We’ve flown ourselves all over the U.S. and a little bit in Canada and written about them in our Trip Journals.
This a map of some of our bigger flights. The green lines have links to stories about those trips; the orange lines are trips that don't have stories written.
Here are links to each of the trip journals (click the green title to read about the trip).
Since we’re both pilots, a week-long flying trip seemed like the perfect idea for our honeymoon. Go ahead and take a look, there’s nothing mushy.
Our non-pilot families voiced a concern with our trip and this journal allowed them to check on us and know that we were safe and having fun. That was a much better option than calling Mom from each stop. This trip journal was really the start of our practice of capturing our flying adventures in this form.
This was our first big trip across the width of the U.S., crossing the Rocky Mountains and then into the much lower altitudes of the central and eastern parts of the country.
We made a few fun detours on the trip. First was a visit to Sandusky, OH and Cedar Point Amusement Park to ride the famous roller coasters there. Then we flew to Niagara Falls and spent a few days enjoying the sights there.
This trip was done way back in the days of paper charts. We carried a lot of them with us to have enough maps to cover our trip.
Our big trip for the summer in 2004 was up to Calgary, exploring Banff National Park, then down to Denver for a Mooney-specific mountain flying course, then back to Boise.
We flew up to Glacier National Park to escape the hot summer temperatures in Boise. We had beautiful flights there and back, and got to really explore the park.
My brother Abraham, who lives in Texas, called on a Sunday morning and asked, “Is Oregon near Idaho?” After I informed him that Idaho borders Oregon he let me know that he was on his way to a conference in Sunriver, Oregon and wondered if Nancy and I could fly out and join him and his family there. They had reserved a two-bedroom condo, so there would be plenty of room for us to stay.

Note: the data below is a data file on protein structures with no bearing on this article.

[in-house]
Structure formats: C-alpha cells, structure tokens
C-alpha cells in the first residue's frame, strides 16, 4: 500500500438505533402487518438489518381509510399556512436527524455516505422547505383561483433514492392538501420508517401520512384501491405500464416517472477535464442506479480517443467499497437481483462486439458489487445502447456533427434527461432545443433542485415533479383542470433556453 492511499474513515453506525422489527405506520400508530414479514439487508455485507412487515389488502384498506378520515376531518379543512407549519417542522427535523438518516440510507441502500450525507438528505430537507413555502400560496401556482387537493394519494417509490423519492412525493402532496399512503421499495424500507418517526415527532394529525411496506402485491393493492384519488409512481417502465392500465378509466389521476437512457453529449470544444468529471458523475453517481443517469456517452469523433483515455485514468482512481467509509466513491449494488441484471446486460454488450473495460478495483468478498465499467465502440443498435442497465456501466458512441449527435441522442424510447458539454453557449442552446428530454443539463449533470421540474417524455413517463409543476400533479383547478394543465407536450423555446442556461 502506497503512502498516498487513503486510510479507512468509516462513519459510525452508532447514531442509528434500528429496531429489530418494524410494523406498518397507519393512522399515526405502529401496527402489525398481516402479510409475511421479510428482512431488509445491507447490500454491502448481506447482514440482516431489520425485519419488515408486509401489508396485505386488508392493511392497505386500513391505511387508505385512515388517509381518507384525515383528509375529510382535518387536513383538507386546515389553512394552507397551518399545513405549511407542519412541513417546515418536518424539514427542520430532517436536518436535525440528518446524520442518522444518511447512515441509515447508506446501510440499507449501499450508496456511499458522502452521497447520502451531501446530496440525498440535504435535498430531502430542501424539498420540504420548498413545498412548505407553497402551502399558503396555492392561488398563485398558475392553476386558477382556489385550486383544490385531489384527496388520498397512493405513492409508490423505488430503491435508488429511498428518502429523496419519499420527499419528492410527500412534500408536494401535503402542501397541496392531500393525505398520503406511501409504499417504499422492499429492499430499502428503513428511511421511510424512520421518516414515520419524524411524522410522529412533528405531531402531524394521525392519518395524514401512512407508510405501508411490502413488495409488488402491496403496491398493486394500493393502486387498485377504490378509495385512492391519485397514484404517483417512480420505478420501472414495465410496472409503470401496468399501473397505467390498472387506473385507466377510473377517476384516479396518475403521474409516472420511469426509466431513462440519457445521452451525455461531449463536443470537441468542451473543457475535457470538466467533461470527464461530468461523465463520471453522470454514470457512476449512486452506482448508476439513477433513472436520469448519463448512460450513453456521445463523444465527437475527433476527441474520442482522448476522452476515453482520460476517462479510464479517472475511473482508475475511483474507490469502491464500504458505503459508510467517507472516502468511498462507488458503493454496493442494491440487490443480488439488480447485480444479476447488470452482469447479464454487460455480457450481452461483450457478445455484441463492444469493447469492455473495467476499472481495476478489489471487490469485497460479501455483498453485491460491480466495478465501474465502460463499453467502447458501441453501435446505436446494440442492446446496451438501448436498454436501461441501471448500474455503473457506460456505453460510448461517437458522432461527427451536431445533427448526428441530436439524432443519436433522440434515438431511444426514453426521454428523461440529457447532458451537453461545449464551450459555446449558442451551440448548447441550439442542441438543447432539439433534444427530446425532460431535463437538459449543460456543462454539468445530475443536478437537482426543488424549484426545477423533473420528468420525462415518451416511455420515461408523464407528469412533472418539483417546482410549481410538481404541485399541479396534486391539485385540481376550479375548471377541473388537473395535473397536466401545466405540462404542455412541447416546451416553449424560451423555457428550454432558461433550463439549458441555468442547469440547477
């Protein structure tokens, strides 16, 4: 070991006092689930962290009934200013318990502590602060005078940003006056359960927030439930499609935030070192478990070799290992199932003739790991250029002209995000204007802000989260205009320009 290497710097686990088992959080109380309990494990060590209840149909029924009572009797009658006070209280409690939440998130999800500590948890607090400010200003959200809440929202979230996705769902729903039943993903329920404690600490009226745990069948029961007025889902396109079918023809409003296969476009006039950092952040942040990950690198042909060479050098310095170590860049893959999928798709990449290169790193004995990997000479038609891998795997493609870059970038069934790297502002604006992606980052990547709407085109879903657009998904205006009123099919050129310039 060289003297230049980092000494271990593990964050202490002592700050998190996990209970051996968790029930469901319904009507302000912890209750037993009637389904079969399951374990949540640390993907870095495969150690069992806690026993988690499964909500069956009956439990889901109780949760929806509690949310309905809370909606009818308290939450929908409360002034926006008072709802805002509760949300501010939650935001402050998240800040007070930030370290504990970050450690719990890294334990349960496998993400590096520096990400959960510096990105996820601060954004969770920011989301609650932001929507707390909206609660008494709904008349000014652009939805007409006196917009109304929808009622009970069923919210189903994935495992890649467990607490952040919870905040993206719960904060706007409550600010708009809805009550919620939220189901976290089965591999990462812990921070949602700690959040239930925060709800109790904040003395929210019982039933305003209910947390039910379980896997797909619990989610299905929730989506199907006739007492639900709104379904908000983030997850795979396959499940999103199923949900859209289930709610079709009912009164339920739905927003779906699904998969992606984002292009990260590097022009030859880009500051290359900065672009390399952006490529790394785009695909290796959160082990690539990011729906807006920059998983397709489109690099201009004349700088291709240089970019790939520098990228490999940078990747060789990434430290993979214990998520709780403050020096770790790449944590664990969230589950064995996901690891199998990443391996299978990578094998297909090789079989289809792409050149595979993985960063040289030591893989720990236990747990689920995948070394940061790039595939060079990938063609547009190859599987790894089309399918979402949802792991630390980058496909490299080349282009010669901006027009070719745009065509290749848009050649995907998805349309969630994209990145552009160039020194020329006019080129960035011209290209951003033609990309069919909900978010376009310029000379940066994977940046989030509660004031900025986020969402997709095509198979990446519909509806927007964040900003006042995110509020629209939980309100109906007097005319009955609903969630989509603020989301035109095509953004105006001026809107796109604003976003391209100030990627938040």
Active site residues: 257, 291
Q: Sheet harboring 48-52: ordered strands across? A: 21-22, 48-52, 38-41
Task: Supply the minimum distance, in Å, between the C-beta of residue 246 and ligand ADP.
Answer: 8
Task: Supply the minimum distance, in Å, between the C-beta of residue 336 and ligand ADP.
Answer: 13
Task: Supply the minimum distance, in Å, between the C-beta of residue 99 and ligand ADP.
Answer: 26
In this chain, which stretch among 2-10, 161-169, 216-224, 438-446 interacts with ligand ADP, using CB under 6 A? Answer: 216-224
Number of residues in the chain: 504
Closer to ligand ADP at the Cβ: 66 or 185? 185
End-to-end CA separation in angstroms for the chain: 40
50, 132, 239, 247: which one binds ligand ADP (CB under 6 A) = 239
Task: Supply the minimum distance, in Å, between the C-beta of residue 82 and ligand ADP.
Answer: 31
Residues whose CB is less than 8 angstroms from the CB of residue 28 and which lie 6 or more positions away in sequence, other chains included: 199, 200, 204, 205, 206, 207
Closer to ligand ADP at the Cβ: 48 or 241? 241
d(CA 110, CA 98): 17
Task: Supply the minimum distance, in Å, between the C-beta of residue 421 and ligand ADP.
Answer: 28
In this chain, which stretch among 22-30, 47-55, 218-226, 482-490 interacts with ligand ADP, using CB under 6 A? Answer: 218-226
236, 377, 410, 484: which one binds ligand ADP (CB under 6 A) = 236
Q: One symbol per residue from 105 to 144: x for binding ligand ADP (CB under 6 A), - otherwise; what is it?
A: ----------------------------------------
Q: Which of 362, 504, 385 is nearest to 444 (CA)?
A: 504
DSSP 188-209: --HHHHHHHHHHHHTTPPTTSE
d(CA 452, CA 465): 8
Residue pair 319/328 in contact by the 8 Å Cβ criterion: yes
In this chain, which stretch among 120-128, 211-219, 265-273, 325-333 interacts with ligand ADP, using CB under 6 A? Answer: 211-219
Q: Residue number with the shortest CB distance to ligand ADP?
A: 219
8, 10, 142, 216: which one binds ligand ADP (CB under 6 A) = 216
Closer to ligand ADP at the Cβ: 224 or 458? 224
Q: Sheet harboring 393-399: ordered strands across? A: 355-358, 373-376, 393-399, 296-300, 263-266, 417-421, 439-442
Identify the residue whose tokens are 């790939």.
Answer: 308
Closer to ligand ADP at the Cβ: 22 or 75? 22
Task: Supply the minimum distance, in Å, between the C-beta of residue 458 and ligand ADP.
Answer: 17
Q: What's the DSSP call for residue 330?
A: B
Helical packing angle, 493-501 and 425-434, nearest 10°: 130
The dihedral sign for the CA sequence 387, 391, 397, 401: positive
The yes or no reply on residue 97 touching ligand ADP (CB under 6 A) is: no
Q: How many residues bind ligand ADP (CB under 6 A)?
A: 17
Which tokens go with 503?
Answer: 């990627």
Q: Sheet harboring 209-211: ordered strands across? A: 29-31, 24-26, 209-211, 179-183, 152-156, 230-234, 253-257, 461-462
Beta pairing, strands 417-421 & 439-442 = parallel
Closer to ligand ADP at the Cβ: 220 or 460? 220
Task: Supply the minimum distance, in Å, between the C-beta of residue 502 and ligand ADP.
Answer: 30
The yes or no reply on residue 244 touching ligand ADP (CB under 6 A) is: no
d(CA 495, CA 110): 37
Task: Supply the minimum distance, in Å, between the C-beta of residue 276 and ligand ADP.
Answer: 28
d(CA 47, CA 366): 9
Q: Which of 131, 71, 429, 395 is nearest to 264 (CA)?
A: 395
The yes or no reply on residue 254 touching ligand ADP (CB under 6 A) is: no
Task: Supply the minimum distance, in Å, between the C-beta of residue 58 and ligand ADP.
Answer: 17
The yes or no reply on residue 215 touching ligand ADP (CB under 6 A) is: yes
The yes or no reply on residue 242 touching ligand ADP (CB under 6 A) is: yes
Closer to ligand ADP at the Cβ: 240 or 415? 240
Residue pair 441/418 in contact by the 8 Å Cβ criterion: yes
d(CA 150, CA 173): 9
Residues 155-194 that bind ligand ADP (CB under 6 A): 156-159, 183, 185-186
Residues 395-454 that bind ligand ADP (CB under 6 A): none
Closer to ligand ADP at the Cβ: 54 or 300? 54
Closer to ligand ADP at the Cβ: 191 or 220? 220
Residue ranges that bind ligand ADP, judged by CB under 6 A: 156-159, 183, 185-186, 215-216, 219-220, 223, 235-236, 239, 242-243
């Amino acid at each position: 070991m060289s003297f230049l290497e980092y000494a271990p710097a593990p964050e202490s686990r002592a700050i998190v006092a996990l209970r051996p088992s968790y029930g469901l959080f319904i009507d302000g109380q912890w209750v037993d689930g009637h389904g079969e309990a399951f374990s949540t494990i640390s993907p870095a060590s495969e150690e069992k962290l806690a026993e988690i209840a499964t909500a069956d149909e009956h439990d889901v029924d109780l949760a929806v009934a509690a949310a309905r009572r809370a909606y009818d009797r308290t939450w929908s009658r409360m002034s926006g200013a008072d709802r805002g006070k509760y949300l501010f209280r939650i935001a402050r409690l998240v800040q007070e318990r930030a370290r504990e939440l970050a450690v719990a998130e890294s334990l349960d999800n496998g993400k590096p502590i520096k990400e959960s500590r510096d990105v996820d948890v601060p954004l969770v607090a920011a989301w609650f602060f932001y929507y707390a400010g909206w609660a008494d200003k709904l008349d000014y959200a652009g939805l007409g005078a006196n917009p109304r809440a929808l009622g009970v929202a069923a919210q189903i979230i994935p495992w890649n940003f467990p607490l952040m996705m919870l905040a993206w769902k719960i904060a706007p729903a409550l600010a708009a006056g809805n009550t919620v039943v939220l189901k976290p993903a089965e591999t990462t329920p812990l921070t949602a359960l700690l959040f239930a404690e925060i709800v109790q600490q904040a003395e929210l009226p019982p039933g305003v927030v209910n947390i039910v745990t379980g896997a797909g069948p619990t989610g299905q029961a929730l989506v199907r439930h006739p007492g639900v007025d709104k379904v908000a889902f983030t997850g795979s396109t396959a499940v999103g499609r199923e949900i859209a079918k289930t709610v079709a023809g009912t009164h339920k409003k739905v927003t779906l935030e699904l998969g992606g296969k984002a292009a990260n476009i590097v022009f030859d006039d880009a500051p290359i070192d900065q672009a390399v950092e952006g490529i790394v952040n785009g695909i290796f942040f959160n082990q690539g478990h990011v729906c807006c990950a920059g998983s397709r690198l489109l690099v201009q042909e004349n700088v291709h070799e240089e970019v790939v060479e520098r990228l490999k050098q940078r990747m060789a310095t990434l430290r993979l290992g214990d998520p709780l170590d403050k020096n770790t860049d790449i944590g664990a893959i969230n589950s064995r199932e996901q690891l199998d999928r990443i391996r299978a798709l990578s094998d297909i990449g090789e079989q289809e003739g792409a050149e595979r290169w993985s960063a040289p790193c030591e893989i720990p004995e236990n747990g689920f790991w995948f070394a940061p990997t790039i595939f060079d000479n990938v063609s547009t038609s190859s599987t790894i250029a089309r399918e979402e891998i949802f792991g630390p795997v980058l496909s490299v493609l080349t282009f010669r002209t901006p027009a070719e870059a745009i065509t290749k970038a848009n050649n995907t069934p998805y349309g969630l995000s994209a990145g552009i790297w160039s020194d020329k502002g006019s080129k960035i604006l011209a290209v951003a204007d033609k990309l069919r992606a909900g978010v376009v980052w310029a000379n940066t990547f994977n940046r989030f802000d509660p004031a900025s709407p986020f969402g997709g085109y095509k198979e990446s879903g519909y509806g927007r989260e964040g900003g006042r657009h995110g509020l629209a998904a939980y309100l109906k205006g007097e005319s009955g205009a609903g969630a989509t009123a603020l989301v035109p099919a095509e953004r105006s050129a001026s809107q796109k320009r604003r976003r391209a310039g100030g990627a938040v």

We flew from Nampa, Idaho to the San Francisco area to see the airshow for the U.S. Navy’s Fleet Week. The Blue Angels were the headliners for the airshow, but this was our first time seeing the Red Bull Air Races. That was even more exciting than the famous Blue Angels.
This would be our first long trip after getting our Garmin 396 which has the unique ability to display live weather information on a portable aviation GPS unit. I didn’t want any really bad weather, but I was hoping there would be something interesting about the weather that the new GPS would help us with.
In hindsight canceling this flight should have been a no-brainer. Although the weather was beautiful and the airplane was in perfect mechanical condition to make the trip, cancelling was still the right thing to do. On the day of the planned flight it took both of us a lot longer than it should have to come to that conclusion, which is what prompted us to write up the events of Christmas morning 2005.
One of the things we generally gloss over in our other trip journals is the amount of work we do in planning a long flying trip. This is a good chance for us to share a bit more about our planning process.
In the summer of 2006 we flew to EAA AirVenture in Oshkosh. This was our first time attending the biggest aviation event in the world. After Oshkosh, we continued further east and spent a few days exploring Washington, D.C.
We tackled several interesting challenges including weather, mechanical difficulties, and navigating the highly protected airspace near our nation’s capitol.